Extensive floodwater damage following hurricane Harvey raised concerns of excess mold infections in immunocompromised patients. This study sought to evaluate the impact of hurricane Harvey on the incidence of culture-positive invasive mold infections (cIMIs) in patients treated at MD Anderson Cancer Center (MDACC; Houston, TX).
All mold-positive culture results in the Microbiology Laboratory at MDACC in a 12-month period before and after hurricane Harvey were reviewed. cIMI cases were defined according to European Organization for Research and Treatment of Cancer/Invasive Fungal Infections Cooperative Group and the National Institute of Allergy and Infectious Diseases Mycoses Study Group criteria. Rates and causative agents of cIMIs pre- and post-Harvey were compared. In addition, we evaluated institution-wide trends in the use of systemically administered mold-active antifungal agents by segmented regression analysis.
Inpatient cIMI rates per 1000 patient-days were comparable in the pre- and post-Harvey observation period (0.17 vs 0.21, P = .36). During both surveillance periods, the vast majority of cIMI cases were due to Aspergillus spp., Fusarium spp., or Mucorales. No emergence of unusual mold infections was seen, and the relative frequencies of mold genera recovered from cultures at the MDACC Microbiology Laboratory remained largely unaltered. The overall use of posaconazole was significantly higher in the post-Harvey period and the use of both voriconazole and liposomal amphotericin B began to increase significantly immediately after Harvey.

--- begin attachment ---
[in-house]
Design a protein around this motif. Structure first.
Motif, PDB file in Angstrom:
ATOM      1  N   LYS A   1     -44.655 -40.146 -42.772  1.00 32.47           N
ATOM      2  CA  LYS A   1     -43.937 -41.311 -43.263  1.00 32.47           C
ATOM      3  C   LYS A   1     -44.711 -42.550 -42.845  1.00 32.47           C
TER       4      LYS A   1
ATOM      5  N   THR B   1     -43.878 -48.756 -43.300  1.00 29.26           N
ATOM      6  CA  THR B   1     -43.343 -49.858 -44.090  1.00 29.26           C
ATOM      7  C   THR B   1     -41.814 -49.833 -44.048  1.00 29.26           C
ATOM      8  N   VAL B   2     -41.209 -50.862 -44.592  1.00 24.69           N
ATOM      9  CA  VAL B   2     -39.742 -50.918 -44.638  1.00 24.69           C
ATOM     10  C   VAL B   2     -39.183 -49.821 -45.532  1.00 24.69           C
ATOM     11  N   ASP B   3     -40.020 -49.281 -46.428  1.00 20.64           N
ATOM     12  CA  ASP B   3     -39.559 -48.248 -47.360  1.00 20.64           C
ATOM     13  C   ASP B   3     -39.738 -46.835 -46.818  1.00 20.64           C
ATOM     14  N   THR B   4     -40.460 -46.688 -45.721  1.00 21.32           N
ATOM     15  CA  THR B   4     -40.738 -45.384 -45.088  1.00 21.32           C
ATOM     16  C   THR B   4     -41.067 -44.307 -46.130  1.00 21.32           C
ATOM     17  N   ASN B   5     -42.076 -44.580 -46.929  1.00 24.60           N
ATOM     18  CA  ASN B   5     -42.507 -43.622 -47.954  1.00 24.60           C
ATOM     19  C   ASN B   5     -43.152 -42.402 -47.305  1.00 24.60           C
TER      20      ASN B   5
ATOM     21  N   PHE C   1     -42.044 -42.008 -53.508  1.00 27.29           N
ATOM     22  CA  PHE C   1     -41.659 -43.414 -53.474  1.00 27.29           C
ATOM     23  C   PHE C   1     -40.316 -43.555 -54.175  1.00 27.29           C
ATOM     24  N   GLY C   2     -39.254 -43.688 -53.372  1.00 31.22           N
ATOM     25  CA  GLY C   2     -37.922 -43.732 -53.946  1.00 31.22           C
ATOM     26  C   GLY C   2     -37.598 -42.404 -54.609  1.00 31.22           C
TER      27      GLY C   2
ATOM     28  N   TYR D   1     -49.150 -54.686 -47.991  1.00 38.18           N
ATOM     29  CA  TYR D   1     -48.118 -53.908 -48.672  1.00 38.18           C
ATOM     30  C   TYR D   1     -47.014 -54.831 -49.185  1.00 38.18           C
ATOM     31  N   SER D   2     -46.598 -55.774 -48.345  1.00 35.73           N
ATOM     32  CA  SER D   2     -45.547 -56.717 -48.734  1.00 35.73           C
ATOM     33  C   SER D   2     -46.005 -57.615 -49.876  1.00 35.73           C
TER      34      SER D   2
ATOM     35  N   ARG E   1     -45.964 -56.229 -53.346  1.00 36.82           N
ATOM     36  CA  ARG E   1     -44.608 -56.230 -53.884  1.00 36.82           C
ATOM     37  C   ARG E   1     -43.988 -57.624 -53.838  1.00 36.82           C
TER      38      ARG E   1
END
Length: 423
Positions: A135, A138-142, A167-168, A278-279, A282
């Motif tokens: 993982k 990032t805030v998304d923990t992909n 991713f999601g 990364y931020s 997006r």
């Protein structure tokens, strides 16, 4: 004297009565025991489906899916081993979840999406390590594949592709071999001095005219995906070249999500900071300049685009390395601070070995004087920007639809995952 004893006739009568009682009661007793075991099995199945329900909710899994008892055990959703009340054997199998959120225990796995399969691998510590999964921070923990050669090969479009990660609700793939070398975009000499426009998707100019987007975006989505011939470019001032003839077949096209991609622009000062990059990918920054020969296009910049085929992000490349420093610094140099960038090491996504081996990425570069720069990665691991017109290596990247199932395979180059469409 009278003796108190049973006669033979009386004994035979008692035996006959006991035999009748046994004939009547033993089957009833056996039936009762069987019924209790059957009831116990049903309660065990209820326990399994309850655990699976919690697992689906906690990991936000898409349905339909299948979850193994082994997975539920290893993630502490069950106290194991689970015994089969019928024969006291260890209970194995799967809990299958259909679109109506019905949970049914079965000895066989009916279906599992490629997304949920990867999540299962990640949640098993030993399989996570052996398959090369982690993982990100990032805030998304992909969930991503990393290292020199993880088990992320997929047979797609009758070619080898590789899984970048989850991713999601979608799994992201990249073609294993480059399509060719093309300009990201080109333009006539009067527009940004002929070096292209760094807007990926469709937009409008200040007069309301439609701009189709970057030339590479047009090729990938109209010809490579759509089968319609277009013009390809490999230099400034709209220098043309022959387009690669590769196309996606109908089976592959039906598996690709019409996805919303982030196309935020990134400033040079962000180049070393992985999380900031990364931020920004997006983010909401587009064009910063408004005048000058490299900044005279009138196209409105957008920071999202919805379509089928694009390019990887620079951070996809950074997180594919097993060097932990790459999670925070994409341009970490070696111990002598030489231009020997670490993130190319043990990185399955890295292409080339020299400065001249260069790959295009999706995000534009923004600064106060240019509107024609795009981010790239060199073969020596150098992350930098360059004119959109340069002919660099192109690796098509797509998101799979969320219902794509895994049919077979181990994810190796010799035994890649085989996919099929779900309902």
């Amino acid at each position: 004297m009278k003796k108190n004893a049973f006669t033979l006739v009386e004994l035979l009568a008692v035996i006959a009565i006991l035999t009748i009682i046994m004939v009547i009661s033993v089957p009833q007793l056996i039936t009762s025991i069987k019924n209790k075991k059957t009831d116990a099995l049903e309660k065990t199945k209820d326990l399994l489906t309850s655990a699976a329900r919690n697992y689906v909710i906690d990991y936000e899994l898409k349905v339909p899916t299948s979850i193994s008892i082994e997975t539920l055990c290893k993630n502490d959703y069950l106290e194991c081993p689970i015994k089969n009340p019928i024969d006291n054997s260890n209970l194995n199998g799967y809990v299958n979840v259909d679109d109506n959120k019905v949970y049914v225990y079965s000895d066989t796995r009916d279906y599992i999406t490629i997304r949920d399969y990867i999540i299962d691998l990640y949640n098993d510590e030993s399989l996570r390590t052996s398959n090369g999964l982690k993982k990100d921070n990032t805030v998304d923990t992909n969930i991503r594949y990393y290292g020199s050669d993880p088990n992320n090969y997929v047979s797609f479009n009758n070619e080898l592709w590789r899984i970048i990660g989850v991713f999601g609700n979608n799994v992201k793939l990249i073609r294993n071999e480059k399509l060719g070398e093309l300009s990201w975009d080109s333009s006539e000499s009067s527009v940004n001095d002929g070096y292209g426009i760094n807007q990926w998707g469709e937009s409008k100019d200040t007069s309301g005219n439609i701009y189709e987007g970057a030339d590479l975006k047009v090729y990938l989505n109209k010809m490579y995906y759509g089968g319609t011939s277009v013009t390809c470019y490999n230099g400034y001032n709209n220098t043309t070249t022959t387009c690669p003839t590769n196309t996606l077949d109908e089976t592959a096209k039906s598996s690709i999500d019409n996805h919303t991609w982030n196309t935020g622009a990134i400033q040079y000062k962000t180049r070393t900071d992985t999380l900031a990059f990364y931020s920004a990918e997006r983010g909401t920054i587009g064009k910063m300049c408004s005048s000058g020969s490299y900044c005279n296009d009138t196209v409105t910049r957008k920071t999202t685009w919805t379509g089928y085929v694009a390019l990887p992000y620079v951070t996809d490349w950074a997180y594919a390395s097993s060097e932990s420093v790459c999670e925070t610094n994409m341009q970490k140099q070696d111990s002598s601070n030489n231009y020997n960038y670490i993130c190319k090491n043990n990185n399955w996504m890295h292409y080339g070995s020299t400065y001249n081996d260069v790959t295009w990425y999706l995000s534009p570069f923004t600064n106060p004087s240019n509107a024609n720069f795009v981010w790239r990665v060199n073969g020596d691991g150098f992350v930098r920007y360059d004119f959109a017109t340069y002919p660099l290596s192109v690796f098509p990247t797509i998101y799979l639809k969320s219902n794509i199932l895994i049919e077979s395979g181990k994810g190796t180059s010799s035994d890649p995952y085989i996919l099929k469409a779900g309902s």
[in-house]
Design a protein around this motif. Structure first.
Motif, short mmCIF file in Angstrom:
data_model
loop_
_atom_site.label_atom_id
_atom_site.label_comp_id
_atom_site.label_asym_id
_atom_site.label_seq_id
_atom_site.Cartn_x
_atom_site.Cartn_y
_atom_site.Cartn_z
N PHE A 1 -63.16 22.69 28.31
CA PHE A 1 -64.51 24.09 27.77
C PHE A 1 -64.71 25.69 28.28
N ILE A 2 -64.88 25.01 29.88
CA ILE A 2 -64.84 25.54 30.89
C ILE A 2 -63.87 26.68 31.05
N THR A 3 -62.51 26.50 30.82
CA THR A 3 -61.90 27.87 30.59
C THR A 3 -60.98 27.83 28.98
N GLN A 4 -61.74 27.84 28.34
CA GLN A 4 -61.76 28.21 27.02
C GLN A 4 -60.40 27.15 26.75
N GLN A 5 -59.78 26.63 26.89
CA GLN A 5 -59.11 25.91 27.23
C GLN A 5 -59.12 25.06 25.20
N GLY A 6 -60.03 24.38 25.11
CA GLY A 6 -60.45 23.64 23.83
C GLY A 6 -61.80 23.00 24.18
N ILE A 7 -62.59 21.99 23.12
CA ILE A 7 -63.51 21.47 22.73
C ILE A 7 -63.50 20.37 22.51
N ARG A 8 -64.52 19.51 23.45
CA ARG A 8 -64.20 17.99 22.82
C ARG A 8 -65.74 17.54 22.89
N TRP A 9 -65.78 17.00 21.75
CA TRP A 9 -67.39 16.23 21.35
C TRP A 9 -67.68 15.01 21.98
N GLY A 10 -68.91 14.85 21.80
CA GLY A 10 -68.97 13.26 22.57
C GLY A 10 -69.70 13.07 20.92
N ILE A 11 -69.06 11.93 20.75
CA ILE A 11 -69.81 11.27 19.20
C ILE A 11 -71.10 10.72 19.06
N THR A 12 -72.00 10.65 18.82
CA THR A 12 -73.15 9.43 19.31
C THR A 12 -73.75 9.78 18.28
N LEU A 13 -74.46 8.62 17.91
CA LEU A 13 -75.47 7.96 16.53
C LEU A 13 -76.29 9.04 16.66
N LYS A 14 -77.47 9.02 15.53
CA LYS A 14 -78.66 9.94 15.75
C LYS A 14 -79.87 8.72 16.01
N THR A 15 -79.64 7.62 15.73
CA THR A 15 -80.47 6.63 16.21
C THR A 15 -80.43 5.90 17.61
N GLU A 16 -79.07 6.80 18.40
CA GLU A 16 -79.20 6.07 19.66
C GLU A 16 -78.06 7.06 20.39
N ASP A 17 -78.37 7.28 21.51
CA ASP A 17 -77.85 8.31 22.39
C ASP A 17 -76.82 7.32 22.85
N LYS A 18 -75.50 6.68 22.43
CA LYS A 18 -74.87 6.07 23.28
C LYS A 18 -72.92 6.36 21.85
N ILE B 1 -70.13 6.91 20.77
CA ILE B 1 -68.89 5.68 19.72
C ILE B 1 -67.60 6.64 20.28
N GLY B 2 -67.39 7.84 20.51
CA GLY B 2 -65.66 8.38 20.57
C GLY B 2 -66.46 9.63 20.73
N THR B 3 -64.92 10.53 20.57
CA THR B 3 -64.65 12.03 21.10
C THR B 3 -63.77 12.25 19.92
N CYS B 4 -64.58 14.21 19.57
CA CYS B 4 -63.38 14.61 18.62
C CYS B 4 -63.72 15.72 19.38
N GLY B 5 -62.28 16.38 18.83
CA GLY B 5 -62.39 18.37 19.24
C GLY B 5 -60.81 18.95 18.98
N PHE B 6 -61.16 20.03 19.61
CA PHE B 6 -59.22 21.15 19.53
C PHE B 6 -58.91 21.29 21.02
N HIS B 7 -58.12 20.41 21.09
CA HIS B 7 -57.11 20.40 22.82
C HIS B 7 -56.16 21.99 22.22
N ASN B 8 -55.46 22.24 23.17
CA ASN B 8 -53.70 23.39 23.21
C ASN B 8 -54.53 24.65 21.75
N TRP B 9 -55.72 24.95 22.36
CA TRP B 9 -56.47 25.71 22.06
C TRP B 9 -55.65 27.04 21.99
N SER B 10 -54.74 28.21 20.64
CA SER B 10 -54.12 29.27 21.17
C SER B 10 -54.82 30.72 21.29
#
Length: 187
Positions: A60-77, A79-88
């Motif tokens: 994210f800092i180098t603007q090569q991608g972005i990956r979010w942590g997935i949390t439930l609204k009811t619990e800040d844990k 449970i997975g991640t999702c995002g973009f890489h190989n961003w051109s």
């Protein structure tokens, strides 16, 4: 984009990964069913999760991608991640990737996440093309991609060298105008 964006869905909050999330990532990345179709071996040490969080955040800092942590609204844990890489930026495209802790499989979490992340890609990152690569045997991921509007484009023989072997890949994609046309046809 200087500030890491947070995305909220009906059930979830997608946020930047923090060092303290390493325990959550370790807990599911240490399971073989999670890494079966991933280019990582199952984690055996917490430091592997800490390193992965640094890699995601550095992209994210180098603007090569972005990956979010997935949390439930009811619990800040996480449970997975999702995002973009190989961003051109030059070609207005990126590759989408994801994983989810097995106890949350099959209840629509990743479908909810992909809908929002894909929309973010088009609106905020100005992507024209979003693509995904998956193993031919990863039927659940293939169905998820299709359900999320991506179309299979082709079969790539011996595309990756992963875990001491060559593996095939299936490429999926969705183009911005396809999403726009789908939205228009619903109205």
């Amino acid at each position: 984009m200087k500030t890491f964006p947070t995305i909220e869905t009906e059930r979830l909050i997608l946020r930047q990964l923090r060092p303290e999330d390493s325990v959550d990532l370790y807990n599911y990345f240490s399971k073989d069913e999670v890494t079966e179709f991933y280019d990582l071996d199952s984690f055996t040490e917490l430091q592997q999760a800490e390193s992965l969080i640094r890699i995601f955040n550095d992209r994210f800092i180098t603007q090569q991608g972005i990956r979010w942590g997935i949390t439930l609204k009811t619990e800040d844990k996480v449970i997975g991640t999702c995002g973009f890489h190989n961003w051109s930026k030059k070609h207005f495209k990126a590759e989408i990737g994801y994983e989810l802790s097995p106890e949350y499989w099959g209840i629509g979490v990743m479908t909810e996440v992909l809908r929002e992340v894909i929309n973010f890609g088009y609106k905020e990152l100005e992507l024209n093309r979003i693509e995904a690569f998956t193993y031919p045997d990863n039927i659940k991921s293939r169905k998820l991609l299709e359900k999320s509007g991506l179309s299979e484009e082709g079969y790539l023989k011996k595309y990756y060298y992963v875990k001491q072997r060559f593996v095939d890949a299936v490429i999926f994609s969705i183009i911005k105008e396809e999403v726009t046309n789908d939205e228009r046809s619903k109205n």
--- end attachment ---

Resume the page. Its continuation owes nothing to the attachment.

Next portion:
Our monocentric study employing stringent culture-based definitions of mold infections found no excess cases of IMIs in MDACC’s immunosuppressed patient population in the aftermath of a major flooding event. Increased use of some mold-active antifungals in the aftermath of hurricane Harvey was observed institutionally.